• There is very strong data that blood sugar control in patients undergoing cardiac surgery is important in reducing surgical site infections. Most of the published data on blood sugar control to reduce surgical site infections, however, has been published in Cardiac Surgery . So the strength of the evidence for controlling blood sugar to prevent surgical site infections in diabetics undergoing noncardiac surgery is not as strong. JCAHO and CMS are looking at this as a test measure to see if we can collect the information, whether performance improvement is possible, and whether that might improve patient outcomes. But, at this time, the measure is limited to cardiac surgery patients.    
  • Robert Latham (Vanderbilt) was able to correlate postoperative hyperglycemia with an increase in SSI rates. In this study done by Latham looking at 1,000 patients undergoing cardiothoracic surgery, he included diabetics and nondiabetics. Only about half of the patients in the study maintained normal glycemia, even though only 30 percent of the patients in the study were actually diabetic. But what they found in their study, regardless of whether the patient was a diabetic or not, was that any patient that had a blood sugar that was greater than 300 within 48 hours after the end of surgery was 3.3 times more likely to develop a surgical site infection than that of patients whose blood sugars were less than 200. Hyperglycemia appeared to be associated with increased infection rates, regardless of whether the patient had a diagnosis of diabetes or not.
  • What about normothermia? There have been a variety of studies. One of the most prominently published was by Kurtz and his colleagues in 1996. It looked at 200 colorectal surgery patients. Their control group received normal or routine intraoperative thermal care—basically standard care. And when those patients got back to the recovery room, their mean core temperature was 34.7 degrees Centigrade. And then they had a second group of patients that had active warming. Their mean temperature on arrival to the recovery room was 36.6—they were kept warm with warm infused fluids, with the use of bear huggers, and other methods. What they demonstrated in the project was that the control group had a 19 percent surgical site infection rate. The treatment group—those patients that were kept warm—had a 6 percent surgical site infection rate. So it did appear that maintaining normothermia in patients, particularly in this study that looked at colorectal surgery patients, reduced surgical site infections.
  • Surgical Care Improvement Project

    1. 1. Surgical Site Infections The Medicare Quality Improvement Organization for Arizona
    2. 2. What is SCIP? <ul><li>Surgical Care Improvement Project </li></ul><ul><li>Evolved from SIP </li></ul><ul><li>Encompasses additional aspects of surgical care </li></ul><ul><ul><li>Reduce/prevent: Cardiac events, emboli, and ventilator-associated pneumonia </li></ul></ul>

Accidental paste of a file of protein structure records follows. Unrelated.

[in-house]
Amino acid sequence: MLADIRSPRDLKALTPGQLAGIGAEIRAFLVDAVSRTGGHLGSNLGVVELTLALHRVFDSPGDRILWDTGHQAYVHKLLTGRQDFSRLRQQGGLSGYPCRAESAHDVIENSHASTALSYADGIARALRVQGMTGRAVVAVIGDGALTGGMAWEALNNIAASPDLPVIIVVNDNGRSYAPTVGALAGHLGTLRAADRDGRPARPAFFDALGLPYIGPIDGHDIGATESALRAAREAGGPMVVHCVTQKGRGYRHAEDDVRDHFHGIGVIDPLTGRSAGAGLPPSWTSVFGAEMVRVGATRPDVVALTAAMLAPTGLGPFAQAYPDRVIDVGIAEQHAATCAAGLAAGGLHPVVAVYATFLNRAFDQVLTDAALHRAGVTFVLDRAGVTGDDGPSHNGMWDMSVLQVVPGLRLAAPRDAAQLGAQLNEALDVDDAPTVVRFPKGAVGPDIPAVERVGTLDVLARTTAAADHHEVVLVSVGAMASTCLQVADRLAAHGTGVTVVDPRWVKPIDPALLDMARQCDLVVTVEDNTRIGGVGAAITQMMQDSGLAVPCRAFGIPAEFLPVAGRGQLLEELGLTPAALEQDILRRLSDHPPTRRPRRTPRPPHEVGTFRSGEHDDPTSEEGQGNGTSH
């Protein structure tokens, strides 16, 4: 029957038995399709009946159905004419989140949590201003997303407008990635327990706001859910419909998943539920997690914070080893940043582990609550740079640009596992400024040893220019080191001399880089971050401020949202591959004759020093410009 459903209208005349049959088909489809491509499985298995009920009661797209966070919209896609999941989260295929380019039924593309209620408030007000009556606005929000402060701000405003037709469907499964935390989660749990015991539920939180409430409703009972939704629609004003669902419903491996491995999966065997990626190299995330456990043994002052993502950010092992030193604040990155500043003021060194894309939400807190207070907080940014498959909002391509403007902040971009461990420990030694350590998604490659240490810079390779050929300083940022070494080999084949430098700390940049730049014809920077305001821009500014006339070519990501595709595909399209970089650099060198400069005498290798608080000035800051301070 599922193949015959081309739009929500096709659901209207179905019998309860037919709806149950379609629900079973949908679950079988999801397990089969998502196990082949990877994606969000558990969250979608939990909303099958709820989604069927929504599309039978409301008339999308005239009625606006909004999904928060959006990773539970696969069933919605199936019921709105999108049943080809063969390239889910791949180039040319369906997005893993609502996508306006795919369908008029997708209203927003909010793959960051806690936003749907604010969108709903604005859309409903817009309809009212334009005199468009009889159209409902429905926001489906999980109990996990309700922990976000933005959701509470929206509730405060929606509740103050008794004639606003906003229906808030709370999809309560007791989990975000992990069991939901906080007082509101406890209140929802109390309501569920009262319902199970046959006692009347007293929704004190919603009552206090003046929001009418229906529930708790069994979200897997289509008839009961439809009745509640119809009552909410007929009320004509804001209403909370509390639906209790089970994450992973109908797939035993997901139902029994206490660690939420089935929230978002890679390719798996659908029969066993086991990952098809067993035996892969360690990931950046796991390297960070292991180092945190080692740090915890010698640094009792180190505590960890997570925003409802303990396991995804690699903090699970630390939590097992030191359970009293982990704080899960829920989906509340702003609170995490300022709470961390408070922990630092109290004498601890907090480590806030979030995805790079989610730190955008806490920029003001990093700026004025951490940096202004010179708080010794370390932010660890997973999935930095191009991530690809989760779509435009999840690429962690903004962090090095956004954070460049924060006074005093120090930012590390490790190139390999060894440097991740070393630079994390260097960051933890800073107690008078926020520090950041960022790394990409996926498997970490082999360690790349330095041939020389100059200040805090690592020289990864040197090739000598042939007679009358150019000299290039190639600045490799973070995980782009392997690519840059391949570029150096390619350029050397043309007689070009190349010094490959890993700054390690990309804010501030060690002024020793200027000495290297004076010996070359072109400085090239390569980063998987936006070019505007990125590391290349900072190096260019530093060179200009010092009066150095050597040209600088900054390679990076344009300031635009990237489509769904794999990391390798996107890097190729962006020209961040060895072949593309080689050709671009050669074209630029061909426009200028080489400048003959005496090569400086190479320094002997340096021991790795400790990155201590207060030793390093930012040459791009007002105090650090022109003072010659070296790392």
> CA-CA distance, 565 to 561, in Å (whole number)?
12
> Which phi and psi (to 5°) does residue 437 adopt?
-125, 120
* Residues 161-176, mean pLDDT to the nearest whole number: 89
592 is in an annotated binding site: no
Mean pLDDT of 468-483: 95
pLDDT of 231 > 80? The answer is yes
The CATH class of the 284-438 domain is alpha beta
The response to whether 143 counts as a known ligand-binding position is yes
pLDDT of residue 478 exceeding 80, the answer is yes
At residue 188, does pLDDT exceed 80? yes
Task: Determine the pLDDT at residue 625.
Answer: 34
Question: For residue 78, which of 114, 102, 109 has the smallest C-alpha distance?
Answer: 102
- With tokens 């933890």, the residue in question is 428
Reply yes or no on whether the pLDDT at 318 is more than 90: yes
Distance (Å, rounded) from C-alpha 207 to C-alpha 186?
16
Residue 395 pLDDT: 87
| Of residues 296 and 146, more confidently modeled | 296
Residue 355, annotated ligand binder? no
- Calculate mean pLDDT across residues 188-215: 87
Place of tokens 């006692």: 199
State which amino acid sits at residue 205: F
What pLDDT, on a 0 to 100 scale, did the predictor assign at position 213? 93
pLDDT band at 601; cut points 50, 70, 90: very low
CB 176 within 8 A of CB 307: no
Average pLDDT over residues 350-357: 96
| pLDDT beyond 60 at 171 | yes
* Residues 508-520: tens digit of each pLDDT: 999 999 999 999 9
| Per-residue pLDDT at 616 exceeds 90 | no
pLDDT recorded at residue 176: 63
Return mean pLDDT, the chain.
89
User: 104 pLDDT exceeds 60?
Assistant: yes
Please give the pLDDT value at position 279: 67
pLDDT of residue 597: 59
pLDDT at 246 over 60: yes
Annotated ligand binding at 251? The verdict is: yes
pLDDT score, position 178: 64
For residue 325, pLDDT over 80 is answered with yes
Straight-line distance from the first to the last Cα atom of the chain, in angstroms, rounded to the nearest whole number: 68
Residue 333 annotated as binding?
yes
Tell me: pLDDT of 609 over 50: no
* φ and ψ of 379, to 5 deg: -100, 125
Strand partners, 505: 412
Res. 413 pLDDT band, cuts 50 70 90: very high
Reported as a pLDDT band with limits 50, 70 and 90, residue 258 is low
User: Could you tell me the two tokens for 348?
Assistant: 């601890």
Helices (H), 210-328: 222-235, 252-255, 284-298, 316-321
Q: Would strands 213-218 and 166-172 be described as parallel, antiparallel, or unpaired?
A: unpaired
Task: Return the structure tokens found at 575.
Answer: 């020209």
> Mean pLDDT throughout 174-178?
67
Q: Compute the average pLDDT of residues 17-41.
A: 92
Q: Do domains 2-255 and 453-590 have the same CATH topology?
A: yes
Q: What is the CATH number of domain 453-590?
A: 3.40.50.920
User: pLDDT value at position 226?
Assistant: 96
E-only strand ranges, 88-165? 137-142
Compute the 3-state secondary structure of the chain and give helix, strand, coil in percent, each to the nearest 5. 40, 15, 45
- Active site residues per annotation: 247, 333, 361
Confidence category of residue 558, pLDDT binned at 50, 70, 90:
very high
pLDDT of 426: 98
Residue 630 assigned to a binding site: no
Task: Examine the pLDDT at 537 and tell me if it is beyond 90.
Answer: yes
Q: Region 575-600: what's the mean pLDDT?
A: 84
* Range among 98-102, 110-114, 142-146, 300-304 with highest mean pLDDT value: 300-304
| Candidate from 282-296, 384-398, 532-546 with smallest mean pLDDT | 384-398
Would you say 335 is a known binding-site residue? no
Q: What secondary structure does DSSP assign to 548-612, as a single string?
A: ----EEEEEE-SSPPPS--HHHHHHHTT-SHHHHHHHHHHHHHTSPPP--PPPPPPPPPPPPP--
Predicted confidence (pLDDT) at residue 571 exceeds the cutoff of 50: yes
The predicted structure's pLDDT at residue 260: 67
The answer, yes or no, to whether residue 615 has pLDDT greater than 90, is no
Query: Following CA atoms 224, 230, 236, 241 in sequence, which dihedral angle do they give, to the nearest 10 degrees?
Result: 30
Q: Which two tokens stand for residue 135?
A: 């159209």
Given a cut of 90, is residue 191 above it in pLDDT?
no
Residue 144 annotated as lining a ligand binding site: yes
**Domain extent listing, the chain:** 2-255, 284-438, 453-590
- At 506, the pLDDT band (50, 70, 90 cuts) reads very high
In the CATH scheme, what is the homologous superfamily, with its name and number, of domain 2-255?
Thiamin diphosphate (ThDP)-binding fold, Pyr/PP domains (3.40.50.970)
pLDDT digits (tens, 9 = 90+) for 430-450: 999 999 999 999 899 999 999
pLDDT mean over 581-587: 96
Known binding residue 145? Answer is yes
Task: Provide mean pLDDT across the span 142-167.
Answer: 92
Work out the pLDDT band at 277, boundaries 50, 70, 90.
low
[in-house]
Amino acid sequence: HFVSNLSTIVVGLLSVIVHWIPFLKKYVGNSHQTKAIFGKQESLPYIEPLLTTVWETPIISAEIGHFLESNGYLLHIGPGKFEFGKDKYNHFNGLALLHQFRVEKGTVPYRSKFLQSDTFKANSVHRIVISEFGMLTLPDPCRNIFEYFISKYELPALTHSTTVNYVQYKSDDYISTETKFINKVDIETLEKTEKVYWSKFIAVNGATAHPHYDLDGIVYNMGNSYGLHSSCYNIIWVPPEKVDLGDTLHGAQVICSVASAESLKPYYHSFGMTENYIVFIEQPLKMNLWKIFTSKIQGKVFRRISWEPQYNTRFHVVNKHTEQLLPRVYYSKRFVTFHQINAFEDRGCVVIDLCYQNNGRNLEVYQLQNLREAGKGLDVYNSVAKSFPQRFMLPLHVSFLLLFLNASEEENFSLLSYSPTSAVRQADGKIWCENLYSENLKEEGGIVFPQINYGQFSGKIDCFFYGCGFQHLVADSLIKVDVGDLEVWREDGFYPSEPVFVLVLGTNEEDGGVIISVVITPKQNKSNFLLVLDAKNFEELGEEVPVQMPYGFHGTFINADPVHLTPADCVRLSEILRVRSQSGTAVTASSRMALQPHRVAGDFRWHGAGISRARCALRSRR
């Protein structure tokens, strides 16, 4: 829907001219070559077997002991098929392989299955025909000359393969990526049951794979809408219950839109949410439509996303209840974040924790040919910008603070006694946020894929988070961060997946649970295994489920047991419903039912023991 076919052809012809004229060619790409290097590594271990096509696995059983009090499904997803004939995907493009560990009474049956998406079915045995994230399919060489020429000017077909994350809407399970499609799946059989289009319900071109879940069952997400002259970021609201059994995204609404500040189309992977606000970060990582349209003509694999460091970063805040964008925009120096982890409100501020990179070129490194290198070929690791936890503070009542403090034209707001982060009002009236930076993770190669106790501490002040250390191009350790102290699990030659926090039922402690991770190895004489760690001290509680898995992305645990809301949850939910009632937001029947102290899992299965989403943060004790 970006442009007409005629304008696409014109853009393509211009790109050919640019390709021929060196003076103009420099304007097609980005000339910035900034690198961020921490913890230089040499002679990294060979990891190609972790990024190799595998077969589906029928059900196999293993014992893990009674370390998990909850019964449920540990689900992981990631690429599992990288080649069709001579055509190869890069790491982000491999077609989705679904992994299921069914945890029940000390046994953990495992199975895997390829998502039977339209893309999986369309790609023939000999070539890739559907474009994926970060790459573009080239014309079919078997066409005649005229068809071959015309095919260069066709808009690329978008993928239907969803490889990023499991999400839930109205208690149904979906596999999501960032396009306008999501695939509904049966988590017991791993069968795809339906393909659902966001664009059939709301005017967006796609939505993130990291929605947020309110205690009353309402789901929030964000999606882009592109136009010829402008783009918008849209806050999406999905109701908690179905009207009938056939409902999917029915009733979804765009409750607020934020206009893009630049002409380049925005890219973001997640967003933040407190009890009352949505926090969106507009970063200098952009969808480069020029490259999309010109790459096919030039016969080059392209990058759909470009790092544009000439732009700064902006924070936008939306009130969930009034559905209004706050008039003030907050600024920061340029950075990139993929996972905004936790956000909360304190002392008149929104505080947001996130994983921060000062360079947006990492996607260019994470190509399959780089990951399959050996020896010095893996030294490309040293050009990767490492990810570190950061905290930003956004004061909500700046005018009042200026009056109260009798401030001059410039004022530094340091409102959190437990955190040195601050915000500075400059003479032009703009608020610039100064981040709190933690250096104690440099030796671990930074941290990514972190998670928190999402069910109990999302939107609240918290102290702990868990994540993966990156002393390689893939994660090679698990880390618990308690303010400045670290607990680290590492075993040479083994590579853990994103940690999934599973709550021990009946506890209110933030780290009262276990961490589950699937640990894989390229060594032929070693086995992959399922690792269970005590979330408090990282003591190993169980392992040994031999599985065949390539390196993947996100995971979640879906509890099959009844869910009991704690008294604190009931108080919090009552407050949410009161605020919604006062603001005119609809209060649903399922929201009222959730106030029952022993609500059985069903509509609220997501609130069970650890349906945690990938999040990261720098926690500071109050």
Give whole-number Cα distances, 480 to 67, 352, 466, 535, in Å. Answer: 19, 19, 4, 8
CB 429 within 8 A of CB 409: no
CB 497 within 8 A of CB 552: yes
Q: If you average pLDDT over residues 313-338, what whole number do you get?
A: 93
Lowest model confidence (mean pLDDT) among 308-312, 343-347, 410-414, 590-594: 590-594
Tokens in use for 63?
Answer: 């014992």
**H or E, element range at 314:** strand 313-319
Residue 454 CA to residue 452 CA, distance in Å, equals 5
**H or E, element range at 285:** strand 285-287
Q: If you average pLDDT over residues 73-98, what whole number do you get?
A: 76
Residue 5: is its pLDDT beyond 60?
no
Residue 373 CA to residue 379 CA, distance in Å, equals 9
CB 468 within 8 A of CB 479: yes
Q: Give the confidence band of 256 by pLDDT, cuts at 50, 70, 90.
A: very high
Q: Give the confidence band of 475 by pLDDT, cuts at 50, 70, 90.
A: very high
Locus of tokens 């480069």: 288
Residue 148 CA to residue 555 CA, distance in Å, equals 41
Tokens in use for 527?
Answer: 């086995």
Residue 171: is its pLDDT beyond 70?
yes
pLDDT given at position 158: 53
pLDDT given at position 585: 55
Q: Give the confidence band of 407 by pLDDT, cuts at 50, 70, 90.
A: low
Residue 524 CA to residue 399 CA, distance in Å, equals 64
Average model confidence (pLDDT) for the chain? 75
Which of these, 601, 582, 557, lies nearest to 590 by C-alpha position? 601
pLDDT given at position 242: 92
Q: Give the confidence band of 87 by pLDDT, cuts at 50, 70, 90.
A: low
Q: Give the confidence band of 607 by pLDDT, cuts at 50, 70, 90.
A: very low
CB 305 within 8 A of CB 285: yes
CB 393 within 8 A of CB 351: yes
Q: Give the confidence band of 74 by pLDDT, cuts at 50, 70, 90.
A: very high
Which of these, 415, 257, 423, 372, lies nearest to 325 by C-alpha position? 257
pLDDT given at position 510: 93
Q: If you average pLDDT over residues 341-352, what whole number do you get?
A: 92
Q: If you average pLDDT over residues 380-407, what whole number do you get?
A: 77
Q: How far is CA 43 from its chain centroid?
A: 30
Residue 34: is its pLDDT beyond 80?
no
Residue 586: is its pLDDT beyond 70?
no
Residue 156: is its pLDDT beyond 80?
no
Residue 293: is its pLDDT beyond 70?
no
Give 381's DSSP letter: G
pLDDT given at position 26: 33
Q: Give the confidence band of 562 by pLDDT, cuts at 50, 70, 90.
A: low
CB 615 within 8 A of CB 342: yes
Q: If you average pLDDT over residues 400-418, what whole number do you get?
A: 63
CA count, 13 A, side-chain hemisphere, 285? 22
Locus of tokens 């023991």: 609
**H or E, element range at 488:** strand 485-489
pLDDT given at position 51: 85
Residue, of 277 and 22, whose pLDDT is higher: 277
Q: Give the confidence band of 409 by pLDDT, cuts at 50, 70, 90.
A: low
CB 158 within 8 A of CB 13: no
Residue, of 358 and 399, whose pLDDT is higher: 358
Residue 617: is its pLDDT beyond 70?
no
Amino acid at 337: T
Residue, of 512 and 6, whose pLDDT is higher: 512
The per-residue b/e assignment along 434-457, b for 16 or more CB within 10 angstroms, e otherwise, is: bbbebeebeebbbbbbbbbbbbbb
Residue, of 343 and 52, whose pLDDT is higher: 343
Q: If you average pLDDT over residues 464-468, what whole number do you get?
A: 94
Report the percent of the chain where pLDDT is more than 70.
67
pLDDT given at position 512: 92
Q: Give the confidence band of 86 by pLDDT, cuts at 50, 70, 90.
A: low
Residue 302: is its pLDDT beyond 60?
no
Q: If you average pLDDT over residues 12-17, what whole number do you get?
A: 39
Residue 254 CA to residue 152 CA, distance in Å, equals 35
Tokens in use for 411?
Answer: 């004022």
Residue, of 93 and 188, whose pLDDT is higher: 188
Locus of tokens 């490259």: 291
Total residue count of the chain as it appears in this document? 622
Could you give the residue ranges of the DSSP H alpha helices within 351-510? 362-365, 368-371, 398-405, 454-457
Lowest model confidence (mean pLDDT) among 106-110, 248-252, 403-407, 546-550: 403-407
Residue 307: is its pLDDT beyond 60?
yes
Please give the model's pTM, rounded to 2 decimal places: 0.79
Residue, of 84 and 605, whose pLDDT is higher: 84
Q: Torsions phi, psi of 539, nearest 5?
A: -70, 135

3. 3. Opportunities to Improve Care <ul><li>SSI: occurs in 14% – 16% surgical patients </li></ul><ul><ul><li>40%–60% of SSIs are preventable </li></ul></ul><ul><li>Cardiac: 2% – 5% noncardiac surgery, 34% in vascular, AMI mortality rate as high as 70% </li></ul><ul><li>DVT/PE: without prophylaxis: general surgery cases 25%, 7% orthopedic cases, > 50% DVT, 30% PE </li></ul><ul><li>VAP: occurs 9% – 40%, with associated mortality rates of 30%–46% </li></ul>
    4. 4. SCIP Goals <ul><li>Reduce postoperative mortality and </li></ul><ul><li>morbidity by 25% over 5 years </li></ul>
    5. 5. A Closer Look at SSI <ul><li>SSI in a 51-case day </li></ul><ul><ul><li>7.65 patients at risk for infection </li></ul></ul><ul><ul><li>4.59 of those infections are preventable </li></ul></ul>
    6. 6. Insert Organizational Data
    7. 7. SCIP in the News <ul><li>Newsweek , December 12, 2005 </li></ul><ul><ul><li>6 Keys to Safer Hospitals </li></ul></ul><ul><li>USA Today </li></ul><ul><li>ABC News 20/20 </li></ul><ul><ul><li>More Killed Annually Than by Auto Accidents and Homicides (10-14-2005) </li></ul></ul>
    8. 8. SCIP Support <ul><li>American College of Surgeons </li></ul><ul><li>American Society of Anesthesiology </li></ul><ul><li>American Hospital Association </li></ul><ul><li>CDC </li></ul><ul><li>JCAHO </li></ul><ul><li>AORN </li></ul><ul><li>Veterans Administration </li></ul><ul><li>AHRQ </li></ul>
    9. 9. Evidence Based <ul><li>“ Evidence-based medicine is the process of systematically finding, appraising, and using contemporaneous research findings as the basis for clinical decisions.” </li></ul><ul><li>“ Evidence-based medicine is about asking questions, finding and appraising the relevant data, and harnessing that information for everyday clinical practice.” </li></ul><ul><li>BMJ 1995;310:1122-1126 (29 April) </li></ul><ul><li>William Rosenberg , Anna Donald </li></ul><ul><li>Evidence-based Medicine: An Approach to Clinical Problem-solving </li></ul>
    10. 10. SSI Quality Measures <ul><li>1: Prophylactic antibiotic received within 1 hour prior to surgical incision </li></ul><ul><li>2: Prophylactic antibiotic selection for surgical patients </li></ul><ul><li>3: Prophylactic antibiotics discontinued within 24 hours after surgery end time (48 hours for cardiac patients) </li></ul><ul><li>4: Cardiac surgery patients with controlled 6 a.m. postoperative serum glucose </li></ul>
    11. 11. SSI Quality Measures <ul><li>5: Postoperative wound infection diagnosed during index hospitalization </li></ul><ul><li>6: Surgery patients with appropriate surgical site hair removal </li></ul><ul><li>7: Colorectal surgery patients with immediate postoperative normothermia </li></ul>